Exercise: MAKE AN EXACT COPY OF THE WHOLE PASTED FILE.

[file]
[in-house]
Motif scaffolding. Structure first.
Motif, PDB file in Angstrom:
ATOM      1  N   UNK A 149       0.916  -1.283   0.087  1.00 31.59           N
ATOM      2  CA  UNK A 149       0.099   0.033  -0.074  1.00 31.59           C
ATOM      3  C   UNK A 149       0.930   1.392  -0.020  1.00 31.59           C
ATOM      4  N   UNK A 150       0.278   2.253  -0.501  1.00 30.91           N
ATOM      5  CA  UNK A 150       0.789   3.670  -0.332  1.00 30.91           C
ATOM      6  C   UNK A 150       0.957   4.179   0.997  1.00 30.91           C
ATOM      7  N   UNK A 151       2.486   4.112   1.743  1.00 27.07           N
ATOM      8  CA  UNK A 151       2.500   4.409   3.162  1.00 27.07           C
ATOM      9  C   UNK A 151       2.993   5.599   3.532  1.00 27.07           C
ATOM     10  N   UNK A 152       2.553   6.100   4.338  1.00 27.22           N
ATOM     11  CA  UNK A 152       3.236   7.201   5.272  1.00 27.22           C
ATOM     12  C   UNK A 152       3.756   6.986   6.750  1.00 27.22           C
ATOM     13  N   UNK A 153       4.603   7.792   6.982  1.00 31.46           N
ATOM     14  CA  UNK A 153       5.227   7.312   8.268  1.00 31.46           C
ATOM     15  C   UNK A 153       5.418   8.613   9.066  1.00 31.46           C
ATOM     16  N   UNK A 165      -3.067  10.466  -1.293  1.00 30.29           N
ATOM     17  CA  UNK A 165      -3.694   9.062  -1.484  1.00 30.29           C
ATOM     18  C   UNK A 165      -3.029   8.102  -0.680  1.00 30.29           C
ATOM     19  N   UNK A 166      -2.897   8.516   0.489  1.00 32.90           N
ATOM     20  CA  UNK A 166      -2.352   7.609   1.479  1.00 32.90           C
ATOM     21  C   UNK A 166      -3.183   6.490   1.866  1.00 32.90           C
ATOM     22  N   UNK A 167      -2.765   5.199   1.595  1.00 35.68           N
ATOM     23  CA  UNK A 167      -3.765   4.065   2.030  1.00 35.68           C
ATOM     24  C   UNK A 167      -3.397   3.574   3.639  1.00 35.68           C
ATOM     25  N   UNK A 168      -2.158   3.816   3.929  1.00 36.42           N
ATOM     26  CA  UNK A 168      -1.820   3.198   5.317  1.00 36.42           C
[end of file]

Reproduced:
[in-house]
Motif scaffolding. Structure first.
Motif, PDB file in Angstrom:
ATOM      1  N   UNK A 149       0.916  -1.283   0.087  1.00 31.59           N
ATOM      2  CA  UNK A 149       0.099   0.033  -0.074  1.00 31.59           C
ATOM      3  C   UNK A 149       0.930   1.392  -0.020  1.00 31.59           C
ATOM      4  N   UNK A 150       0.278   2.253  -0.501  1.00 30.91           N
ATOM      5  CA  UNK A 150       0.789   3.670  -0.332  1.00 30.91           C
ATOM      6  C   UNK A 150       0.957   4.179   0.997  1.00 30.91           C
ATOM      7  N   UNK A 151       2.486   4.112   1.743  1.00 27.07           N
ATOM      8  CA  UNK A 151       2.500   4.409   3.162  1.00 27.07           C
ATOM      9  C   UNK A 151       2.993   5.599   3.532  1.00 27.07           C
ATOM     10  N   UNK A 152       2.553   6.100   4.338  1.00 27.22           N
ATOM     11  CA  UNK A 152       3.236   7.201   5.272  1.00 27.22           C
ATOM     12  C   UNK A 152       3.756   6.986   6.750  1.00 27.22           C
ATOM     13  N   UNK A 153       4.603   7.792   6.982  1.00 31.46           N
ATOM     14  CA  UNK A 153       5.227   7.312   8.268  1.00 31.46           C
ATOM     15  C   UNK A 153       5.418   8.613   9.066  1.00 31.46           C
ATOM     16  N   UNK A 165      -3.067  10.466  -1.293  1.00 30.29           N
ATOM     17  CA  UNK A 165      -3.694   9.062  -1.484  1.00 30.29           C
ATOM     18  C   UNK A 165      -3.029   8.102  -0.680  1.00 30.29           C
ATOM     19  N   UNK A 166      -2.897   8.516   0.489  1.00 32.90           N
ATOM     20  CA  UNK A 166      -2.352   7.609   1.479  1.00 32.90           C
ATOM     21  C   UNK A 166      -3.183   6.490   1.866  1.00 32.90           C
ATOM     22  N   UNK A 167      -2.765   5.199   1.595  1.00 35.68           N
ATOM     23  CA  UNK A 167      -3.765   4.065   2.030  1.00 35.68           C
ATOM     24  C   UNK A 167      -3.397   3.574   3.639  1.00 35.68           C
ATOM     25  N   UNK A 168      -2.158   3.816   3.929  1.00 36.42           N
ATOM     26  CA  UNK A 168      -1.820   3.198   5.317  1.00 36.42           C